The Family History Database Project (FHDP) is a long‑term effort to collect and archive multigenerational family histories in a computerized database for use by qualified researchers. The objective of the FHDP is to record facts about the functioning of individuals over a number of generations and to make possible the investigation of the family variables affecting these individual’s functioning. The purpose of the project is (1) to make the Database accessible to all qualified researchers (2) to demonstrate how multi‑generational emotional process in families affects individual functioning, and (3) through research using the Database to help all people better understand the multigenerational family influences on individual functioning.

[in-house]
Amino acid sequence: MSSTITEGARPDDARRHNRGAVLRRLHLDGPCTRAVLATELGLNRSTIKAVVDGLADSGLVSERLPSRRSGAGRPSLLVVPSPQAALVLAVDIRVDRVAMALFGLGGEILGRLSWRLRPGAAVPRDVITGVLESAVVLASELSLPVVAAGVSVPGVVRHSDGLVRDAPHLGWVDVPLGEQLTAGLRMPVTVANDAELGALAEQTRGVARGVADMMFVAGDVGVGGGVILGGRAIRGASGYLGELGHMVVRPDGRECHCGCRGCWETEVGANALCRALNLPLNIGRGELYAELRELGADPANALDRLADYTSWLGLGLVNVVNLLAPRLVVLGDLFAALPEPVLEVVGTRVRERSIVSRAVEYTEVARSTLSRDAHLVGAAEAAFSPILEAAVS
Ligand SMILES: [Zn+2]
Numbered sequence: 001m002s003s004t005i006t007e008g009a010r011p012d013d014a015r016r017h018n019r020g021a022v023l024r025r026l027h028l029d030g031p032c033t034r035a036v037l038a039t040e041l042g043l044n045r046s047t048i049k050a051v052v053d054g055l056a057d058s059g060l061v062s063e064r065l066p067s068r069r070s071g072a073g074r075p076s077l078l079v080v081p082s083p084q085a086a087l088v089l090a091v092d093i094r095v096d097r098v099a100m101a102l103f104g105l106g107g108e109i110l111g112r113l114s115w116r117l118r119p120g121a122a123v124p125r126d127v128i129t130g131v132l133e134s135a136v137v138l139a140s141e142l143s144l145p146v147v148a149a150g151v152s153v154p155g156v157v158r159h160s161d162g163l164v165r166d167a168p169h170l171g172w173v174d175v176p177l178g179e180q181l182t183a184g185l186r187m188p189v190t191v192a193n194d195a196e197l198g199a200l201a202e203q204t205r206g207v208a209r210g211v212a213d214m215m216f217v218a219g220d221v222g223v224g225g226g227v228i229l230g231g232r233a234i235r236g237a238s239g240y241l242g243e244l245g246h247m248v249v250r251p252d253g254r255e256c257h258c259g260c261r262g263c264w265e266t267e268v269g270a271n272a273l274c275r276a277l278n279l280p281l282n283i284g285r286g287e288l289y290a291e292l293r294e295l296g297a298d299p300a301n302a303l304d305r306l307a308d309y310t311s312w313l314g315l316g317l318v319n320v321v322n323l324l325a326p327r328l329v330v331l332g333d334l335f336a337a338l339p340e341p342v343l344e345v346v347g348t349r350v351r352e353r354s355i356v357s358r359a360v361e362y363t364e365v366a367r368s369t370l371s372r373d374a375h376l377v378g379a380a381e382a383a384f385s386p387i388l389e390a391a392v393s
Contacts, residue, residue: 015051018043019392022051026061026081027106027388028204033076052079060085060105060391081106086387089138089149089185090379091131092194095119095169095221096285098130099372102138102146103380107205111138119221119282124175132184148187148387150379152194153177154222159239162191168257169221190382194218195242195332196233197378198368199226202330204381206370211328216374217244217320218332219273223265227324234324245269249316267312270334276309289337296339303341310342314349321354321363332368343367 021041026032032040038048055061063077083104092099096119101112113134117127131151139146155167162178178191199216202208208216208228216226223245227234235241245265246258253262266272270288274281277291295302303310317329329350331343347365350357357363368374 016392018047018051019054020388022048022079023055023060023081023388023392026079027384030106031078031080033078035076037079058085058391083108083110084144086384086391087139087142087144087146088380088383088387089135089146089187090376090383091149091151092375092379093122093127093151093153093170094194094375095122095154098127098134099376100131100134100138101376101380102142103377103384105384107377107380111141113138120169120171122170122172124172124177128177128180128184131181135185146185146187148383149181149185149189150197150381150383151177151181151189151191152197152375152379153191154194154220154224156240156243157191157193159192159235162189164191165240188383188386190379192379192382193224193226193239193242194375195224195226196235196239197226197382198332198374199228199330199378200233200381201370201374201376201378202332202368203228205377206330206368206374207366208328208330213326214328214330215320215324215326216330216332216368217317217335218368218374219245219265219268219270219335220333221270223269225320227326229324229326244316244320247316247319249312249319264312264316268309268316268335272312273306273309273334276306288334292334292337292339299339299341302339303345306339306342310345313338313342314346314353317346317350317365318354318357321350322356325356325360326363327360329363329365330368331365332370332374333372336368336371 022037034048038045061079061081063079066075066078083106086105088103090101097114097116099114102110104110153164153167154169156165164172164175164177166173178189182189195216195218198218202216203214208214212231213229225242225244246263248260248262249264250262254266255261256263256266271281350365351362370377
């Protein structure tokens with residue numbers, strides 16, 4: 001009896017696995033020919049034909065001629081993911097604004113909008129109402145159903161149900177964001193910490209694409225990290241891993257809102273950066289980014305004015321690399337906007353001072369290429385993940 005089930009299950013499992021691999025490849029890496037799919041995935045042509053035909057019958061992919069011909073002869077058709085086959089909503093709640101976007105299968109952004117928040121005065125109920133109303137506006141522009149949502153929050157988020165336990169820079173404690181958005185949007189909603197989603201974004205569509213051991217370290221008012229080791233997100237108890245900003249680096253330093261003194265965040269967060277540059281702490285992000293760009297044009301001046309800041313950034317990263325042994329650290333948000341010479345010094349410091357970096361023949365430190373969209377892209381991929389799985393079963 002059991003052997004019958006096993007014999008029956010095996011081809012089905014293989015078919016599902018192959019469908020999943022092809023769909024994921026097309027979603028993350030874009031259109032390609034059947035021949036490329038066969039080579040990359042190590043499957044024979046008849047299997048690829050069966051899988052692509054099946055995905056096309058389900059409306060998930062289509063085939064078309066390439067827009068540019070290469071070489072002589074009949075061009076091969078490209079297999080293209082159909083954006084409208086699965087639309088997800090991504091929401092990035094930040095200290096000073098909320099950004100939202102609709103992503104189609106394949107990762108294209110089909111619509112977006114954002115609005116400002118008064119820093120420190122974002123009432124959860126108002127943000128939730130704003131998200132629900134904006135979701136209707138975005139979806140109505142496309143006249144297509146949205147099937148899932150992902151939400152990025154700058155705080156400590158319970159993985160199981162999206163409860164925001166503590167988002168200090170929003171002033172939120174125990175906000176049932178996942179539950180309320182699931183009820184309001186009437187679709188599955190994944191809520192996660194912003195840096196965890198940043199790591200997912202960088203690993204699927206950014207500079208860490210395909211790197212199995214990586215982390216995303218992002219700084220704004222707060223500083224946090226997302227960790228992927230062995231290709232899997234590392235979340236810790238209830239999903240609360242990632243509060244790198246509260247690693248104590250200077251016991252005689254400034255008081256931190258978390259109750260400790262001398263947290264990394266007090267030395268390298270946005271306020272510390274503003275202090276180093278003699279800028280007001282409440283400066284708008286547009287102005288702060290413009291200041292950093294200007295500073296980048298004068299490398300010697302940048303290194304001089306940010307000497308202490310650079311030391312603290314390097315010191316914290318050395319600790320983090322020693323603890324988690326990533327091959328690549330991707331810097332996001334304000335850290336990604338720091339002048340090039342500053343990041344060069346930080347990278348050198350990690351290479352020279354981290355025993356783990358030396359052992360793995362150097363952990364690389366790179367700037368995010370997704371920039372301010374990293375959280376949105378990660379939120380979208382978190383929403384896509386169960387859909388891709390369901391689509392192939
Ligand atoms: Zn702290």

The project is grounded in Bowen family systems theory. Bowen theory views the human family as an emotional unit and focuses on interdependence in functioning between people. Bowen theory conceptualizes an underlying continuum of variation in differentiation of self (DOS) as a primary variable affecting lifelong functioning in humans. Multigenerational family process transmits variable levels of self to offspring. Variation in self equates to differences in vulnerability to the pressures of emotional systems. So individual functioning is impacted by the state of important relationship systems around the individual. Bowen theory’s concept of the multigenerational transmission process suggest that some lines in families are increasing in functioning while other lines are decreasing. This concept was first developed using ten-generation family histories. That data set has been lost. This project seeks to recreate a similar data set and to replicate the original findings. This data base of multigenerational family histories will be collected and contributed by 25 co-investigators. Better understanding of family influences on individual functioning makes it possible for all people to use the findings to understand their own family and their own functioning in a way that makes improved functioning possible. In addition such understandings permit professionals who work with individuals and families such as in social service agencies to understand better how to potentiate improved individual functioning.
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